BERLIN (AP) -- Germany launched construction of a partial replica of a Prussian palace in the heart of Berlin on Wednesday, embarking on a delayed and often-criticized 590 million-euro ($783 million) project to recreate a building dynamited by East Germany's communist rulers.
Germany's Parliament voted 11 years ago to reconstruct the 18th-century palace, which was demolished in 1950 and later replaced by East Germany's Parliament building — itself now knocked down. When completed in 2019, the new palace will house a modern museum containing Berlin's collections of African and other non-European art.
Most of the cost will be covered by the federal government, though the total cost includes 80 million euros that is supposed to be raised from private donations to recreate the baroque palace's facades. The start of construction was pushed back two years because of a government cost-cutting package.
Rebuilding the palace is a step toward "healing the wounds" left on Berlin's landscape by its Cold War division and overcoming "the architectural devastation wrought after the demolition of the old palace," Peter Ramsauer, the Cabinet minister responsible for construction, said before President Joachim Gauck hammered the foundation stone.
Ramsauer insisted that the project is "absolutely not" backward-looking, noting that the new building designed by Italian architect Franco Stella will have three baroque facades and a modern one.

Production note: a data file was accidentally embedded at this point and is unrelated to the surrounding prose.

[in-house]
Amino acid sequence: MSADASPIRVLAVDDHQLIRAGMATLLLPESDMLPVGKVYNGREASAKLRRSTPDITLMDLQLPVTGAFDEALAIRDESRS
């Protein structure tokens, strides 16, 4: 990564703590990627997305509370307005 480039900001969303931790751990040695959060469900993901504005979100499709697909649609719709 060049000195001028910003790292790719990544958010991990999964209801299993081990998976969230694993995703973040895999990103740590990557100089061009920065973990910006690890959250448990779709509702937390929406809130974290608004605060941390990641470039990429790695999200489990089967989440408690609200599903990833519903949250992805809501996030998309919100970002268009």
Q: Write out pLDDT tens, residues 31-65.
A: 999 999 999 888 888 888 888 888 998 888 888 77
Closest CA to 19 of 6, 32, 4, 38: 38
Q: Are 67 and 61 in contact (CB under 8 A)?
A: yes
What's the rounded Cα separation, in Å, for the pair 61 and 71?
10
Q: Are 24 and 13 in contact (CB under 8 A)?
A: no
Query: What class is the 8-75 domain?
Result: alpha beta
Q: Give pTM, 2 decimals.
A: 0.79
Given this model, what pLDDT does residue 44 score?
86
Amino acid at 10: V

Still, rebuilding the palace has been far from universally popular. Some former East Berliners had fond memories of the Palace of the Republic, the 1970s East German Parliament building, which also housed restaurants and a bowling alley but was considered an eyesore by most westerners.
"Berlin needs many things, but not a baroque palace," said Stefan Liebich, a lawmaker with the opposition Left Party, which includes many ex-communists. He also complained of the high cost to taxpayers of rebuilding the palace of Prussian kings and German kaisers.
"I'm a little sad that they didn't find a more creative model," Renate Kuenast, a leader of the opposition Greens, told ZDF television. She said lawmakers should have considered a thoroughly modern building, as well as reflecting the site's former status as a center of power in East Germany.
Berlin Mayor Klaus Wowereit dismissed the criticism.
"It would perhaps have been popular to say, we'll do without a 'palace' ... in these times of financial crisis," he said. But he insisted that "it is much more than recreating a historical building."